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PT and the Greater Good

A Culture of 'Don't!'

Published April 9, 2014 2:05 PM by Dean Metz

I was doing some research on a particular activity this week... head rolls. Not the soft round things one puts under one's neck to maintain the curve while supine, but the act of rolling the head around as an exercise or activity. I did this because I read an article in the popular press that said, "even physiotherapists say you shouldn't do head rolls anymore. They're too dangerous!" I thought about it, and although I haven't prescribed this for someone in recent memory (or at all that I can think of), I wanted to see if there was evidence to support the statement.

In terms of hard evidence, I came up with nothing. I did come up with pages of discussion on the topic from the members' section of the Chartered Society of Physiotherapy (CSP) though. Comments ranged from "Under no circumstances should anyone, ever do this!" to "If the body wasn't meant to move that way, it probably wouldn't." Granted, I probably accelerated the OA in my own neck by way too many Friday nights in the East Village of New York in the 1980s dancing the pogo and whipping my head around. Ah youth! There were a few reasoned discussions about athletes, dancers, and even jet pilots who would need to perform this activity to be able to function. Still a few physios held onto the belief that if an activity has any risk, it should be discouraged.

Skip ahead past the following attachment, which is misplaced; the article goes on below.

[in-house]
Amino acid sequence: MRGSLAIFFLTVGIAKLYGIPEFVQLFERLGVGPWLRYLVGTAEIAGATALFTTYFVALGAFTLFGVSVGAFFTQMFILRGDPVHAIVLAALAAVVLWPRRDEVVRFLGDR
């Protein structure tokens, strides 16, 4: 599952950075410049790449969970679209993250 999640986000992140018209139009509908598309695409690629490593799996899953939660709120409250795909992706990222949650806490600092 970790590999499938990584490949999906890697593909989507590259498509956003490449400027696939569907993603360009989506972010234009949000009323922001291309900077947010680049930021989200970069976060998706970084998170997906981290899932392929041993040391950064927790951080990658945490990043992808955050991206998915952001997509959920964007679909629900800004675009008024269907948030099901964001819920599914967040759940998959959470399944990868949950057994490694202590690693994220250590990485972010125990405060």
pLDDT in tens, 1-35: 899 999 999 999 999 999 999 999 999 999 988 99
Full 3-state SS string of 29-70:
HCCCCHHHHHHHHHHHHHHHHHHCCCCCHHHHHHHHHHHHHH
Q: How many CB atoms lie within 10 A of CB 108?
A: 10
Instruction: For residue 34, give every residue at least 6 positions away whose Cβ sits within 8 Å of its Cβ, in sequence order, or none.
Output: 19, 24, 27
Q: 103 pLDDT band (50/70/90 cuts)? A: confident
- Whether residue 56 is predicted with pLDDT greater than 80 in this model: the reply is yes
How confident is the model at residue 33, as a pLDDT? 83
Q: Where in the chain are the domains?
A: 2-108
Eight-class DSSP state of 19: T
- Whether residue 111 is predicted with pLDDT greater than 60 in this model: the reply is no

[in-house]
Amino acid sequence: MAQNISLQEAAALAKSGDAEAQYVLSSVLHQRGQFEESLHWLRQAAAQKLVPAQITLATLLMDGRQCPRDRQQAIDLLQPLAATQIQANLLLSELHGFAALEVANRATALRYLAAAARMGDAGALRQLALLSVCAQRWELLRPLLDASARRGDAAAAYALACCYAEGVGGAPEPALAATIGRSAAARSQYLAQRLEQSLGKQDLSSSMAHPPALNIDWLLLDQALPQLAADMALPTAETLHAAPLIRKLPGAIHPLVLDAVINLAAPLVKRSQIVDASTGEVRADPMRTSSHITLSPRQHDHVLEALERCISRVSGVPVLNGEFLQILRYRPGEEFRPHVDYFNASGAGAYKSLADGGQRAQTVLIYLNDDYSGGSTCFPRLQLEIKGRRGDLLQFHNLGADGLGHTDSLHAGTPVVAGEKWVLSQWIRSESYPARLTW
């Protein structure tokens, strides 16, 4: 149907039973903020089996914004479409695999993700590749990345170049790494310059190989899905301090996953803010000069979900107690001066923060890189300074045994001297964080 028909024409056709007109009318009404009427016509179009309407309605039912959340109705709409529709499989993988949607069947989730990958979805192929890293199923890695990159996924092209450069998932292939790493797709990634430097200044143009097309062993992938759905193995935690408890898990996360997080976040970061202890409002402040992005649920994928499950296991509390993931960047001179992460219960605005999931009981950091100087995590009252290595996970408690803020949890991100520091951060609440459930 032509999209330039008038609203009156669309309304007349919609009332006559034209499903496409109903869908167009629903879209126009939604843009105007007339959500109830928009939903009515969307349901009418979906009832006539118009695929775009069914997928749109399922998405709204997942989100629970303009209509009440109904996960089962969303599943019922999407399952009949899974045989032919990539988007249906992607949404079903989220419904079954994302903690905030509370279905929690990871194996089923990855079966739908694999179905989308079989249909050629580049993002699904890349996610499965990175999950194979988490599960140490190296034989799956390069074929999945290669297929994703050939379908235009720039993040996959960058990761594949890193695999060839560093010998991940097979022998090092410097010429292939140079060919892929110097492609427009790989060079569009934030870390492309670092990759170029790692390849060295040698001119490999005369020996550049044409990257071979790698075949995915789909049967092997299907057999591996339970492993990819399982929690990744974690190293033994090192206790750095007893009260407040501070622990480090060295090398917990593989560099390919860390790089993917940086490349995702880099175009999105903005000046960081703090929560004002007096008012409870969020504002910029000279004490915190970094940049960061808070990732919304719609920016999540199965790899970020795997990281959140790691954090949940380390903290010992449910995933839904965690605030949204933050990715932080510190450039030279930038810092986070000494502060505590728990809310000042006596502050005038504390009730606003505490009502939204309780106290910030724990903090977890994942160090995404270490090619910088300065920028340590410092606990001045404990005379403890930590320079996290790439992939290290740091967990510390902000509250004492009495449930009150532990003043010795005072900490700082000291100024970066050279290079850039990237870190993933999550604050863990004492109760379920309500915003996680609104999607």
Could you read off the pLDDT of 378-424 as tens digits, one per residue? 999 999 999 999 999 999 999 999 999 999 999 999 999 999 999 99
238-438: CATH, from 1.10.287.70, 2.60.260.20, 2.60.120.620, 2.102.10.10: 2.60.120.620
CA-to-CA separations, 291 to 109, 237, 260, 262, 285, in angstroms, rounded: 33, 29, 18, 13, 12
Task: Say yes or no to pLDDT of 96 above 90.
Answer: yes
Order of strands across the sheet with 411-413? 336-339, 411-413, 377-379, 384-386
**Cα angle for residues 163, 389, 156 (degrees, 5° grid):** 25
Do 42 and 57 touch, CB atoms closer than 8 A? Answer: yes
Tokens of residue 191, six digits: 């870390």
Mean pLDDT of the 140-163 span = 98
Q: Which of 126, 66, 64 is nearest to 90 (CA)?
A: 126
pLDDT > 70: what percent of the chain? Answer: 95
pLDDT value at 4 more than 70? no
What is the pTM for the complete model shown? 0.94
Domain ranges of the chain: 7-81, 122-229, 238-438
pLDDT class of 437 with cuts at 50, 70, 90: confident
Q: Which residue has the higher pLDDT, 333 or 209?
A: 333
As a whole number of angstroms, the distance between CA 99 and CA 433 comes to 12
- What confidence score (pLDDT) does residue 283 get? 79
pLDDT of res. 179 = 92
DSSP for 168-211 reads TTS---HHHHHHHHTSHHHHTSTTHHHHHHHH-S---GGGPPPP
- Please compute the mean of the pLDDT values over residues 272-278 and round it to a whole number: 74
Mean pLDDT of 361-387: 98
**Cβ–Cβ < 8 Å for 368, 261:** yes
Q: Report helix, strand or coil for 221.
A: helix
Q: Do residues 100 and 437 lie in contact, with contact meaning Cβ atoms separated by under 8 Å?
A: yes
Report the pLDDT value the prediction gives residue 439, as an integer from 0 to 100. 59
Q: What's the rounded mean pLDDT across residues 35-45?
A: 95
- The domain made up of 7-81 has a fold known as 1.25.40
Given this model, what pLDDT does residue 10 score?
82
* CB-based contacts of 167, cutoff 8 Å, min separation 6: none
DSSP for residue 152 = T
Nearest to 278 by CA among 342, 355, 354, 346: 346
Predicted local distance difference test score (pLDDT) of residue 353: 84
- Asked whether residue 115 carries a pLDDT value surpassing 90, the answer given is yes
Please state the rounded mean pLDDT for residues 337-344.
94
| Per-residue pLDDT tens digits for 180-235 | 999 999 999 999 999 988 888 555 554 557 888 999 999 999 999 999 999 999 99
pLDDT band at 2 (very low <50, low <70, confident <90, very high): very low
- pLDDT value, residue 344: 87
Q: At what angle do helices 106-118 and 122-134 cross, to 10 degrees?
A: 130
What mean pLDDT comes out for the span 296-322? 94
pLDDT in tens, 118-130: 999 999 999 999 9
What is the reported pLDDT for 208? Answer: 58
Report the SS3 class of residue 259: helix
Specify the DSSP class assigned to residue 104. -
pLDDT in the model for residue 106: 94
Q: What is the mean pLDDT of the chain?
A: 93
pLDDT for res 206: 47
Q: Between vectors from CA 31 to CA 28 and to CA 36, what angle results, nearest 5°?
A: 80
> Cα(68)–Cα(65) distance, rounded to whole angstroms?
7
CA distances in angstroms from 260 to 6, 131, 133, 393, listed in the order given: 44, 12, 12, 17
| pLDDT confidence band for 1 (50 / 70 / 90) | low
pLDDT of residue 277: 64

Since when have we become the profession of "Don't"? Shouldn't we be the profession of "Do... but do it right!" Our job is not to wrap every patient in cotton wool and tell them to avoid injury by avoiding doing things. Personal trainers, fitness "experts" and yoga instructors are teaching people how to keep doing things. (Oh, I just started yoga two months ago. Apparently I'm flirting with certain death according to some of the physios). These professionals may or may not be giving good information, but they are reaching the people we are not. Remember my post about working proactively and toward prevention? One good example of how we're not embracing that mindset on the whole.

So lets embrace, "I can help you do that better and safer!" whether it be a break dancer in the Bronx or a pensioner who wants to go shopping in Brighton. We are the ones for the job.

Do take my advice on the pogo though... don't revive it, it really isn't good for one's neck.

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1 comments

The problem with evidence is someone actually has to do the research and that research has to be publishable.  Now days research is geared to what will be published rather than what we need to know.  Very rarely is negative research, as in this won't be dangerous, be published.

We need to use common sense and remember to do things correctly.

Toni April 11, 2014 7:39 PM

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About this Blog


    Dean Metz
    Occupation: Staff Development Specialist
    Setting: New York, NY – Newcastle Upon Tyne, Great Britain
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